By Brian Harper
August 24, 2015 — Casual observers might have mistaken the new Cristo Rey Jesuit High School in Milwaukee for the site of a professional sports-style draft on Friday, July 24.
This was the point.
That morning, students, parents, staff and representatives from 21 companies, non-profits and other Milwaukee organizations gathered in the school’s gymnasium to launch Cristo Rey Jesuit’s Corporate Work Study Program with a “Draft Day.” As the names of 130 rookies — or incoming freshmen — were called off to applause, executive leadership from partnering organizations stood on stage, playing the role of general managers ready to welcome new players to their teams.
Like the 29 other Cristo Rey Jesuit college preparatory high schools in the United States, Cristo Rey Jesuit Milwaukee’s work study program plans to offer an innovative education in which economically disadvantaged students gain valuable job experience working at area organizations while earning the majority of their tuition.
Groups of four students have been assigned to each of the work partners, where they will cover one day of the five-day work week and rotate on the fifth day. On the job they will perform entry-level tasks, developing professional and life skills to accompany their classroom curriculum.
|Cristo Rey Jesuit Milwaukee freshmen were welcomed by executive leadership from their work placements on "Draft Day."|
Cristo Rey Jesuit’s unconventional corporate work model has had outstanding results elsewhere. Cristina Navarrete, a graduate of one of the two Cristo Rey Jesuit schools in Chicago, now works as a reporter and producer with Telemundo Wisconsin. She served as the event’s emcee and presented herself as an example of how far Cristo Rey Jesuit’s work study program can take a teenager.
“In the beginning, I was a little bitter,” she recalled. “I wondered, ‘Why are you making me grow up way too fast?’ I’m here today because of that step my parents took for me. I decided to take on the challenge, because I’m a firm believer that somebody will give the opportunity, somebody will open the door, but it’s up to you to keep that door open.”
Ana Luci and Isaac, both 14, are incoming freshmen in Cristo Rey Jesuit Milwaukee’s inaugural class. While they can relate to Navarrete’s hesitation, they are also excited, not only to gain work experience but also to be part of a new school.
“I’m really looking forward to the jobs,” said Ana Luci. “But mostly, I’m excited to meet new people and make new friendships.”
Students arrived at Cristo Rey Jesuit Milwaukee on June 29 for a four-week business training camp, during which eight teachers and 18 staff members diligently prepared students for their work placements and the upcoming school year.
“The teachers help us get ready every day to be all dressed up. They make us look nice,” said Isaac. Training focused on a variety of areas, including conversational etiquette.
Molly McConnell, Cristo Rey Jesuit Milwaukee’s physics teacher who previously taught at Cristo Rey St. Martin in Waukegan, Illinois, said the school emphasizes collaboration between teachers and students.
“I love that part about it,” she said. “It’s not some group swooping in to help poor kids. It’s the kids working alongside all of the staff to help themselves get an amazing education that will prepare them for the professional world, work, college, and to be people of faith working for others.”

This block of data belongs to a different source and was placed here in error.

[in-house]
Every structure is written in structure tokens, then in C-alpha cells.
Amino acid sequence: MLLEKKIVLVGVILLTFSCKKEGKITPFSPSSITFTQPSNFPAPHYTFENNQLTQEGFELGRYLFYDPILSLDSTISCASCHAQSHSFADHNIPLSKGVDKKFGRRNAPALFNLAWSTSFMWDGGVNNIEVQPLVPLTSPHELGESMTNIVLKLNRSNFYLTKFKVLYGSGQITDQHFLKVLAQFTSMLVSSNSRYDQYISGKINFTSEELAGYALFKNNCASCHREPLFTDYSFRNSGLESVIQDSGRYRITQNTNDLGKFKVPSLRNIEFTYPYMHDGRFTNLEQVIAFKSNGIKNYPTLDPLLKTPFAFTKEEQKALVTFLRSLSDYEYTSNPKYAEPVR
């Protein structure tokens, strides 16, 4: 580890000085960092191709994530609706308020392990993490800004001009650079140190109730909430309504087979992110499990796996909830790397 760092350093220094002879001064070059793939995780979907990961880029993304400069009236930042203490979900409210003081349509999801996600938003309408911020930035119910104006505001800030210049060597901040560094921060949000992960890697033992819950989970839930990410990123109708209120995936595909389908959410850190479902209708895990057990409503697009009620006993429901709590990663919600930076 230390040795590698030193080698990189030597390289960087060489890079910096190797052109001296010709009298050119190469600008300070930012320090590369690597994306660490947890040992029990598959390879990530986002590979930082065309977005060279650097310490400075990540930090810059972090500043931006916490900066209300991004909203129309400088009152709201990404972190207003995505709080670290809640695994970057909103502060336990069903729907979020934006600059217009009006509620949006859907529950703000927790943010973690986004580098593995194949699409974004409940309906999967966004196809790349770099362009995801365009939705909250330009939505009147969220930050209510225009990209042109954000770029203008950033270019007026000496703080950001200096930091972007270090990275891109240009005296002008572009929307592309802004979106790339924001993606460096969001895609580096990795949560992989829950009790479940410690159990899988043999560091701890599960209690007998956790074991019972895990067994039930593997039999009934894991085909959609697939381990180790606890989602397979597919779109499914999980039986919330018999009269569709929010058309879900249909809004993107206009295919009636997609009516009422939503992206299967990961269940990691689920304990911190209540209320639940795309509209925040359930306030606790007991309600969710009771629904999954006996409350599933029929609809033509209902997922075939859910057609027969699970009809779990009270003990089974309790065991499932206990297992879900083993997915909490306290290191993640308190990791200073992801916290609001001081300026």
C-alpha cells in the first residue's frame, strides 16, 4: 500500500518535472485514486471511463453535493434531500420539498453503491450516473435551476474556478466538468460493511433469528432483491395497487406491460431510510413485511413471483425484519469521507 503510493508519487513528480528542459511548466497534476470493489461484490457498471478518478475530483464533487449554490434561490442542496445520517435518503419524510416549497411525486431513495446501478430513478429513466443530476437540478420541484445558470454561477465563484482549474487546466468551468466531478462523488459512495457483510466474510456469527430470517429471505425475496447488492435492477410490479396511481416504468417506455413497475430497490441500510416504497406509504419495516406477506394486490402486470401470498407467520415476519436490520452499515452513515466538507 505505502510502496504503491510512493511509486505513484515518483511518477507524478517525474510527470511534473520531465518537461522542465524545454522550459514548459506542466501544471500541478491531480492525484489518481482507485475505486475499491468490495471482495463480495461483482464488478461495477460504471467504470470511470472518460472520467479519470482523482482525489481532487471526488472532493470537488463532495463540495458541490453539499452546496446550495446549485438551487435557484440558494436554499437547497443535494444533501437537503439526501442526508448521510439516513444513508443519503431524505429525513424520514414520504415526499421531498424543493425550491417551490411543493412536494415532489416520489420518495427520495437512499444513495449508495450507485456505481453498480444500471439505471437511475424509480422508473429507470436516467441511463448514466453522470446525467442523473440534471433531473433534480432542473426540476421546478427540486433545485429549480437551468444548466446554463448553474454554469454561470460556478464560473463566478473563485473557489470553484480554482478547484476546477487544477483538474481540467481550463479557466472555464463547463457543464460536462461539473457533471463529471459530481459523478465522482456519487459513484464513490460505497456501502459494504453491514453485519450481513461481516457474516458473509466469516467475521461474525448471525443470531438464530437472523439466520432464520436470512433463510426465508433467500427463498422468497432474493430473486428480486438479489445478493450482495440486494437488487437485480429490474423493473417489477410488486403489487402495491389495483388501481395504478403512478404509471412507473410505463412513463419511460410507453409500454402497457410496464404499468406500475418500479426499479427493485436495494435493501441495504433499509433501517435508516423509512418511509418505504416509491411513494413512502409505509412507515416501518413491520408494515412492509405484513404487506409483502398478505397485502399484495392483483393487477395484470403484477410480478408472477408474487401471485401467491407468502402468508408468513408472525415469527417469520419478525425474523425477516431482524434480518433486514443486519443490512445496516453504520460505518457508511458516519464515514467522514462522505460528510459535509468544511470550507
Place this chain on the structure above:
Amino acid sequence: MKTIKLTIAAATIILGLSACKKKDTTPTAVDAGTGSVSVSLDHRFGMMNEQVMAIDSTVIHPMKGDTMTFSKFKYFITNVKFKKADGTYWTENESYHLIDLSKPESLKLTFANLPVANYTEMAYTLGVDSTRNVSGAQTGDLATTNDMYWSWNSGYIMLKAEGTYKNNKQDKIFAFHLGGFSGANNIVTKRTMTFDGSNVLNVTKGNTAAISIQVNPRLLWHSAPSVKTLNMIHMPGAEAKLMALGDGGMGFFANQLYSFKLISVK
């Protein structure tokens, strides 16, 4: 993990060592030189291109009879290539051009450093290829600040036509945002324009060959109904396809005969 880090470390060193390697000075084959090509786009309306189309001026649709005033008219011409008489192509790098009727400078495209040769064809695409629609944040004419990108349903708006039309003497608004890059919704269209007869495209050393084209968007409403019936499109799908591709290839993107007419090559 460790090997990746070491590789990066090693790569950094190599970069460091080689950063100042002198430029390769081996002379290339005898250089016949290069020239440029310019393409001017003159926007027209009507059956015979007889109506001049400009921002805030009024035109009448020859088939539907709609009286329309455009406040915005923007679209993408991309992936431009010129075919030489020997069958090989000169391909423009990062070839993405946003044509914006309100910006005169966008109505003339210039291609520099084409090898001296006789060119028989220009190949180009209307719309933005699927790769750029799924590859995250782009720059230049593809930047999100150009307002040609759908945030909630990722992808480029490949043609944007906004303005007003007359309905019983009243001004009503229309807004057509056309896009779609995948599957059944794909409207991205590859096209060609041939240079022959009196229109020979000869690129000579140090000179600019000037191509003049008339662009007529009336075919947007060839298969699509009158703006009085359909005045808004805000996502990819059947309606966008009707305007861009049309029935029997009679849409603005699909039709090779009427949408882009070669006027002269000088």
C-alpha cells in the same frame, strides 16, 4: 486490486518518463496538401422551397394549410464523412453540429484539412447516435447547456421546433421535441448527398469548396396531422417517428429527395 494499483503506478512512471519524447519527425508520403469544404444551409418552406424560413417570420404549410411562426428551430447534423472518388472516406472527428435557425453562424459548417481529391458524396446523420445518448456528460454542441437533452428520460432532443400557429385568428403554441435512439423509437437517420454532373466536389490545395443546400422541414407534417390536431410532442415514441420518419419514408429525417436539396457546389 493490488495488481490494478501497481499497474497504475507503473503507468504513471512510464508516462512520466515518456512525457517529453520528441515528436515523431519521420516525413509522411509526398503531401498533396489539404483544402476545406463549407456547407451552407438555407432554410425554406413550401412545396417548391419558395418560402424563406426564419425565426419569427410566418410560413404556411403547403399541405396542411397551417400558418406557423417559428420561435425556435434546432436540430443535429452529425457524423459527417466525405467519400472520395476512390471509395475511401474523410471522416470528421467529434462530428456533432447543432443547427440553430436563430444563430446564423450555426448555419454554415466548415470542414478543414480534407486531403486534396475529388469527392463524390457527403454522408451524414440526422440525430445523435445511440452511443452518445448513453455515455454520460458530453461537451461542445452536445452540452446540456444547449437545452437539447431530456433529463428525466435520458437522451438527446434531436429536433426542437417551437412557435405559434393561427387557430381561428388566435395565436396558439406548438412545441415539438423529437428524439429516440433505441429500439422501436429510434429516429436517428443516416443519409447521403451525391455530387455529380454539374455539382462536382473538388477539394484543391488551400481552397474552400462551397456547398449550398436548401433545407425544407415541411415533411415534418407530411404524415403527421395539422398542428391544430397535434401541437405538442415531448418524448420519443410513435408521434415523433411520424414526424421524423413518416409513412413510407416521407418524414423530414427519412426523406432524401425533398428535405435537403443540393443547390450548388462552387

Cristo Rey Jesuit Milwaukee’s president, Andy
Stith, credits the corporate partners for helping the new school get off the
||Below is a slideshow of photos from
the 2015 Cristo Rey Jesuit Milwaukee Draft Day.
Or, view the photos via this link to our online gallery.
“These businesses are really being courageous,” he said. “They’re the first ones to do this. Today really is a celebration of a community that is deciding to take advantage of this wonderful educational model that has worked in 29 schools and make it work in Milwaukee.”
Marquette University is one of the organizations that will employ Cristo Rey Jesuit Milwaukee students. Dr. Marya Leatherwood, Marquette’s interim vice president for student affairs, said the partnership is reflective of the Jesuit mission.
“To be affiliated with the startup of a new Jesuit high school is such an incredible opportunity for our students within the Milwaukee community,” she said. “The Jesuits have always been very committed to education, so we’re delighted that we can continue that process by giving back in a meaningful way to the high school students who will be at Cristo Rey.”
Dr. Leatherwood said the experience can give the students ideas about what they would like to do with their futures. This has not been lost on Ana Luci and Isaac, who are already considering career goals.
“I’m interested in law,” said Ana Luci, “but nothing for sure yet.”
“I’m interested in marketing and business,” said Isaac. “I’m good at selling stuff.”
“He is good at selling stuff,” said Stith. “When he interviewed at Cristo Rey, he had just sold 20 boxes of chocolate and won a contest. We said, ‘We’ve got to get this guy. He’s motivated!’”
That motivation is sure to help Isaac, Ana Luci and their classmates as they kick off Cristo Rey Jesuit Milwaukee’s first season and seek to match the success of their counterparts throughout the country.
Learn how you can support Cristo Rey Jesuit Milwaukee by attending a St. Louis Jesuits reunion concert in Milwaukee this September.